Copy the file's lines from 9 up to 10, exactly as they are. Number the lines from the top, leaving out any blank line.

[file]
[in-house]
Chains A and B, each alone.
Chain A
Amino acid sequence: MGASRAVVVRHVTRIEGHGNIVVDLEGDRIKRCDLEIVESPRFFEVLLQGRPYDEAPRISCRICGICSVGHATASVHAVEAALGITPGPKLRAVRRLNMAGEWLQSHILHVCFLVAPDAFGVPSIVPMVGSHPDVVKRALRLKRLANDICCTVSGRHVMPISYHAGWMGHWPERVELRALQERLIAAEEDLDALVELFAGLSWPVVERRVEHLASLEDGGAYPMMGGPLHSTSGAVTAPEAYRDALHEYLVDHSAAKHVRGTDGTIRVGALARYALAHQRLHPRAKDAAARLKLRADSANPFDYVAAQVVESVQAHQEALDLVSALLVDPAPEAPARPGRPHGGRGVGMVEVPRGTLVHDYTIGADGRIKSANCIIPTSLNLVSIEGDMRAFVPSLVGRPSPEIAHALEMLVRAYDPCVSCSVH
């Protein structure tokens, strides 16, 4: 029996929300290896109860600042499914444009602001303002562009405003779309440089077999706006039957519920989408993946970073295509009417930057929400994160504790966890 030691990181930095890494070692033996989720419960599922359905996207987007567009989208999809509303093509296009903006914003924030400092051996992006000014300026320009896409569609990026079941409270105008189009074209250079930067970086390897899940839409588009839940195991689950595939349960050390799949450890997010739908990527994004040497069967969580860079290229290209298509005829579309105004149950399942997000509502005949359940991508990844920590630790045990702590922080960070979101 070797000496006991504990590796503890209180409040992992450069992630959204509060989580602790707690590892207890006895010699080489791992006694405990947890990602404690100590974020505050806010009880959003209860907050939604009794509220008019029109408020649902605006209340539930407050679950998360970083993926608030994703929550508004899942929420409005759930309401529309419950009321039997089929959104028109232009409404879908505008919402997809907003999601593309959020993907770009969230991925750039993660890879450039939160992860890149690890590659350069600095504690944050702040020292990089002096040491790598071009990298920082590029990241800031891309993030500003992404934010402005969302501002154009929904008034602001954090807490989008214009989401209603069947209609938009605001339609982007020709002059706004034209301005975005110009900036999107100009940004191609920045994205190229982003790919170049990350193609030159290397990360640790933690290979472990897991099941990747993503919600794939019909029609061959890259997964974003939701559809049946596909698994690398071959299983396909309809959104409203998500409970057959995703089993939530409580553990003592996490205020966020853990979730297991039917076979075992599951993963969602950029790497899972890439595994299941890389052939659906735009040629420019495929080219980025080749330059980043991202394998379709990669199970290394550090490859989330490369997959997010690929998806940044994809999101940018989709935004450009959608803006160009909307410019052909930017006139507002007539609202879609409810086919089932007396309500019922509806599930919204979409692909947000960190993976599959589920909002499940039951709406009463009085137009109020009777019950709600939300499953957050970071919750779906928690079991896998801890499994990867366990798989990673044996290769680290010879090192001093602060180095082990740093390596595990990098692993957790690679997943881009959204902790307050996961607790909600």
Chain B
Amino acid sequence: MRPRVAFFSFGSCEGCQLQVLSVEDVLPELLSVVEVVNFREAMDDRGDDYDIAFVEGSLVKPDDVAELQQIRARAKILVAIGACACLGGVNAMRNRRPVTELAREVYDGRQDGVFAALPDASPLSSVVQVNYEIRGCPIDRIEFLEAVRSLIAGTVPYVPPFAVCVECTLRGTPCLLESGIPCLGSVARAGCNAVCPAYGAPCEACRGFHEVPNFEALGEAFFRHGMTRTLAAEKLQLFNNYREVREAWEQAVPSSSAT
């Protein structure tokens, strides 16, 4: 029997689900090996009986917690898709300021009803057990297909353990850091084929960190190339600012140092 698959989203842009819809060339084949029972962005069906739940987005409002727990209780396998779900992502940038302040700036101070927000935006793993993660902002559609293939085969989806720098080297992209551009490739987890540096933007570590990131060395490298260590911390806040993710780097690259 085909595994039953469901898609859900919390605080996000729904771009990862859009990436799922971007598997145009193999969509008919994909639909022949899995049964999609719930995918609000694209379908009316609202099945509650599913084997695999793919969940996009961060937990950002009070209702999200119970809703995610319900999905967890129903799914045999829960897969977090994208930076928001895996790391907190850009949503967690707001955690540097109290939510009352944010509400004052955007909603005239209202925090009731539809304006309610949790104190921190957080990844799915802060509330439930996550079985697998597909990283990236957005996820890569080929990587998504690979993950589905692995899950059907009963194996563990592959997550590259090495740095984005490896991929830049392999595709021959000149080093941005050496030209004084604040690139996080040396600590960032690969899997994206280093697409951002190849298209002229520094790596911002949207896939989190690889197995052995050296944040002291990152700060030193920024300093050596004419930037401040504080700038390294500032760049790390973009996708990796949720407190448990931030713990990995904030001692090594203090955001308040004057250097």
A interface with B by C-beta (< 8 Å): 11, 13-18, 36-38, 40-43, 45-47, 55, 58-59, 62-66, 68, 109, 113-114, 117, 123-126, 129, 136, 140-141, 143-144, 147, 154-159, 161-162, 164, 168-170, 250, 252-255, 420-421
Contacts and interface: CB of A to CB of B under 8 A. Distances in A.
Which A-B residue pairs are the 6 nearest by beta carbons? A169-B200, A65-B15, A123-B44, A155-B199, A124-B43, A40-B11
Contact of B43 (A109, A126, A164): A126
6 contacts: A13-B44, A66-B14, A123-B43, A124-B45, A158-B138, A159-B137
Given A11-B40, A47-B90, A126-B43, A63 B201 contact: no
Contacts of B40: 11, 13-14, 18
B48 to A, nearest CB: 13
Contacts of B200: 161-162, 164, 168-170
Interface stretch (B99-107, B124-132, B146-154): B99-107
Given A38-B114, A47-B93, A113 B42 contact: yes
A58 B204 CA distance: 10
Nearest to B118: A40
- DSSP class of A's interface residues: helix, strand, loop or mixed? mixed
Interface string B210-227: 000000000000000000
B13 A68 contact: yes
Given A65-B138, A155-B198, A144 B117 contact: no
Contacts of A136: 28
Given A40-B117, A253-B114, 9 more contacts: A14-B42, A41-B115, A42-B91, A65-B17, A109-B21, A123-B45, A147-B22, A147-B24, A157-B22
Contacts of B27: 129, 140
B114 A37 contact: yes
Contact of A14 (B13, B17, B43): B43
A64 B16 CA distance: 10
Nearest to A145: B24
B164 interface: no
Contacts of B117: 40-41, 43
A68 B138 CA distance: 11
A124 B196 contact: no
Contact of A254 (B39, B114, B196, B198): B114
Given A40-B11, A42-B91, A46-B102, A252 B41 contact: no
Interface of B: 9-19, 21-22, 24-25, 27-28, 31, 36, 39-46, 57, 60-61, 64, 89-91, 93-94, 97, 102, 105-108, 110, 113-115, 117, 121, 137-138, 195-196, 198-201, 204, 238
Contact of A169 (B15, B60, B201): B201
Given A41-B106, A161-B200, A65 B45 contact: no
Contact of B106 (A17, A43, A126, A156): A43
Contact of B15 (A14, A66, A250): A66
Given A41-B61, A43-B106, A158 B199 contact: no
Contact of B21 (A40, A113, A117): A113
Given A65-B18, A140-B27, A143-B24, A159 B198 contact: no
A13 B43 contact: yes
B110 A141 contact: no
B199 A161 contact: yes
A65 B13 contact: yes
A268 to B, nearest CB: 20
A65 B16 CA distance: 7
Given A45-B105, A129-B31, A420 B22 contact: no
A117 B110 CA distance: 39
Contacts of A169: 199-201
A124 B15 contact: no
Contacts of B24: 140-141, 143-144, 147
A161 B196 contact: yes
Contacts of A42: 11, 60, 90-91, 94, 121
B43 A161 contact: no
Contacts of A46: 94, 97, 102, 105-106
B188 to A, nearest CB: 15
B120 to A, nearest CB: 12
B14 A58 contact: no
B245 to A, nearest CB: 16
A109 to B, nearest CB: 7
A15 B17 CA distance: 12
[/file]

A interface with B by C-beta (< 8 Å): 11, 13-18, 36-38, 40-43, 45-47, 55, 58-59, 62-66, 68, 109, 113-114, 117, 123-126, 129, 136, 140-141, 143-144, 147, 154-159, 161-162, 164, 168-170, 250, 252-255, 420-421
Contacts and interface: CB of A to CB of B under 8 A. Distances in A.